Let’s Get Physical!

Let’s Get Physical!


A lot of people groan when they hear words like exercise and healthy eating. If you’re part of that group, perhaps it’s time for an introduction to Kelcey Davis ’13, who spent part of her senior year convincing, motivating and inspiring CofC employees to take their health into their own hands.

As part of Davis’ research for her Honors College bachelor’s essay, the exercise science major presented a series of fitness and nutrition lectures to more than 30 employees of the College’s Physical Plant this past winter, as well as supervised their workouts at a campus gym. With explanations on how to read food nutrition labels and the causes of heart disease and high blood pressure, Davis aimed not only to make participants feel healthier, but also to prevent significant medical problems. The response she received from Physical Plant employees was overwhelming: They couldn’t get enough of Davis’ enthusiasm, know-how and healthy recipes.

“There’s a health focus and camaraderie that didn’t exist before,” says Debbie Shumate, Physical Plant’s staffing and training manager. “Everybody just fell in love with her.”

Davis worked with professor of exercise science Tim Scheett to develop the fitness program. Perhaps most impressive, says Scheett, was Davis’ foresight to conduct a focus group before starting the program, investigating what health concerns were most pressing for her audience.

“Instead of deciding what they needed,” Scheett says, “she listened to the people and gave them what they wanted.”

And what the people wanted was more information on diseases that threatened them and their families, including high cholesterol, heart problems and diabetes. Davis responded by teaching them how
to be better buyers and preparers of healthy foods, showing them the ins and outs of nutrition labels and suggesting healthier substitutes for many of their favorite foods, such as replacing the mayonnaise in chicken salad with avocado. Davis even made some of the foods herself and brought them to class to share, prompting her students to beg her for the recipes.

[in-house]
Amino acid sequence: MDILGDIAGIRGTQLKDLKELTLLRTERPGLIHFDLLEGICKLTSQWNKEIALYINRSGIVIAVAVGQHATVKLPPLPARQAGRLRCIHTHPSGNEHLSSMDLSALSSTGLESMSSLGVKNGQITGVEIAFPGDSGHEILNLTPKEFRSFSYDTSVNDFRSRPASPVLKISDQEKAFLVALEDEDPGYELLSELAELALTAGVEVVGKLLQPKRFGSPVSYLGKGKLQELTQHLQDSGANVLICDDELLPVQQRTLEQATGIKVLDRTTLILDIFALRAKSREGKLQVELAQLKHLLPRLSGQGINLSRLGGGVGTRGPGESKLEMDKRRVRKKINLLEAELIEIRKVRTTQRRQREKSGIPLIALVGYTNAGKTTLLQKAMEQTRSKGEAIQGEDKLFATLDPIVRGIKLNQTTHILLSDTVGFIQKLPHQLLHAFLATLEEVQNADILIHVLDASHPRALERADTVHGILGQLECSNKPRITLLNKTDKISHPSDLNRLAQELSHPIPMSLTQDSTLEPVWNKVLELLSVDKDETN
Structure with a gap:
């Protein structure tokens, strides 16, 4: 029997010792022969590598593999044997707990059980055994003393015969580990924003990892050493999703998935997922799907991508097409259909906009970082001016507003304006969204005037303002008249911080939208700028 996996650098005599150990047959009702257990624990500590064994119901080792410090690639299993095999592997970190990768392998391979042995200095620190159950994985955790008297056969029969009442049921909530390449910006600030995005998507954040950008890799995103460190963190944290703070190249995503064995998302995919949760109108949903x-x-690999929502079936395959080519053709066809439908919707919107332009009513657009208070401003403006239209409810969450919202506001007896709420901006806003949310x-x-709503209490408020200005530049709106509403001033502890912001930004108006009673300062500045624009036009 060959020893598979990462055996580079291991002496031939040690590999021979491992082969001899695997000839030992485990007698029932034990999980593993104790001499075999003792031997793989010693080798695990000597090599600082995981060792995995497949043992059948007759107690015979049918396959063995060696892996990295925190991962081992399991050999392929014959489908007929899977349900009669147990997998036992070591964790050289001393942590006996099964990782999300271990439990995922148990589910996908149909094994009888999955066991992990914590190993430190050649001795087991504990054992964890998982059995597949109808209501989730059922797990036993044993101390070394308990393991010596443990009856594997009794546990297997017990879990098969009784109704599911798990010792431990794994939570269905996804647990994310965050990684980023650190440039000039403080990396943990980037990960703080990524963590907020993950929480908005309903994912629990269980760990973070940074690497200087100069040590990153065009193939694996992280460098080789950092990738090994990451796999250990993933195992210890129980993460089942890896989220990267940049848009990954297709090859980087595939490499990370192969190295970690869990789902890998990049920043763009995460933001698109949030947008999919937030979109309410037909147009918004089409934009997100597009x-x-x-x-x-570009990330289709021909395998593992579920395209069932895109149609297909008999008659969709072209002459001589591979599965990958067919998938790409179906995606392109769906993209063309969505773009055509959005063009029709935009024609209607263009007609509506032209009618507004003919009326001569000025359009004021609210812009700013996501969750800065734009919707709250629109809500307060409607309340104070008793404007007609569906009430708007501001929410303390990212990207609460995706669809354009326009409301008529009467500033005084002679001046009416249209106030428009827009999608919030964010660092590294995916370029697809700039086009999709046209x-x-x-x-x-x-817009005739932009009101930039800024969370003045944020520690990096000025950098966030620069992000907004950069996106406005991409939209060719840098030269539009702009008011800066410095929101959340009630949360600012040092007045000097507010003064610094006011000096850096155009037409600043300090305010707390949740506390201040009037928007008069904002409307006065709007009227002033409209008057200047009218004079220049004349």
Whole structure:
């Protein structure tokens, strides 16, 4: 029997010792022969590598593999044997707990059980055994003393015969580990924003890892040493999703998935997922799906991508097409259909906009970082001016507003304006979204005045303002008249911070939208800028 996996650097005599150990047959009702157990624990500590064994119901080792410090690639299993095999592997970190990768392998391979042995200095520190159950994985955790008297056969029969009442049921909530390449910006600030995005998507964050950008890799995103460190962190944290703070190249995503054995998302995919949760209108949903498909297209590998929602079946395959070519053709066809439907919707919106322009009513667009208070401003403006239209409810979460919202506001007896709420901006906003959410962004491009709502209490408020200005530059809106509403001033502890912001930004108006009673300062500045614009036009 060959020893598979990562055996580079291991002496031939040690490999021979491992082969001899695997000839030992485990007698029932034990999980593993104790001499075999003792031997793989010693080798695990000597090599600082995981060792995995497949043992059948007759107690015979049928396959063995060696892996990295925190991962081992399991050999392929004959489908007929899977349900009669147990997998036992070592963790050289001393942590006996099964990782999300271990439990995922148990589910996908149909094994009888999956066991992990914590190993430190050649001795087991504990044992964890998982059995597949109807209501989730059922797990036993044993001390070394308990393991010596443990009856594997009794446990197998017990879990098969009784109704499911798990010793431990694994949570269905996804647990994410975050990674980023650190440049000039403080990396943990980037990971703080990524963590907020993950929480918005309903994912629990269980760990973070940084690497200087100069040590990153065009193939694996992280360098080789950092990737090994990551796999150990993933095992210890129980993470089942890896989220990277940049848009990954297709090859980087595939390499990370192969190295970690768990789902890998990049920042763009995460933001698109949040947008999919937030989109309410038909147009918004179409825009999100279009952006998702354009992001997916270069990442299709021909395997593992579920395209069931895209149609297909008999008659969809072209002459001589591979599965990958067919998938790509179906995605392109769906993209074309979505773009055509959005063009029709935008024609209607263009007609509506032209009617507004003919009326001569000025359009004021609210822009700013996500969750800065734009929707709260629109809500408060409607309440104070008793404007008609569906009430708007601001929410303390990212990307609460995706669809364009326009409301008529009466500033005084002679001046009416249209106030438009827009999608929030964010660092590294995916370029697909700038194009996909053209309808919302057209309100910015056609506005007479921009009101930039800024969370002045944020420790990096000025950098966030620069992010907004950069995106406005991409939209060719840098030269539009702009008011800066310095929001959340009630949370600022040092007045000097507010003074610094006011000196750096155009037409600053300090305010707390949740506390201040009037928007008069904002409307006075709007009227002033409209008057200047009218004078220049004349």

But eating better is only half the battle. Davis also encouraged her students to exercise, and taught many people for the first time how to use weights and fitness equipment. According to Davis’ end-of-program survey, 57 percent of students who had never previously exercised regularly now do, and 26 percent of people who had already exercised regularly now work out even more often. About 87 percent of her students, she proudly says, have more confidence exercising.

For Shumate, Davis helped give her a more complete understanding of what it means to be healthy. Shumate had already lost some weight in the last year, but Davis helped her realize that true health involves more than staying thin.

“I was setting my whole success by the scale,” says Shumate, who credits Davis for offering tips that have boosted her energy, improved her sleeping and lowered her blood pressure.

Shumate is not alone. Scheett says Davis has made a big difference in the well-being of many Physical Plant employees, not to mention the health of their loved ones who are also affected by a family’s eating and exercise habits. That’s music to Davis’ ears, and she hopes that her wellness lessons have permanently empowered her students.

“Nutrition, fitness and exercise are the keys to preventing all these diseases that are becoming epidemics,” Davis observes. “They don’t have to be a victim to diabetes or whatever condition. I hope it opened their eyes that they have control over their health.”


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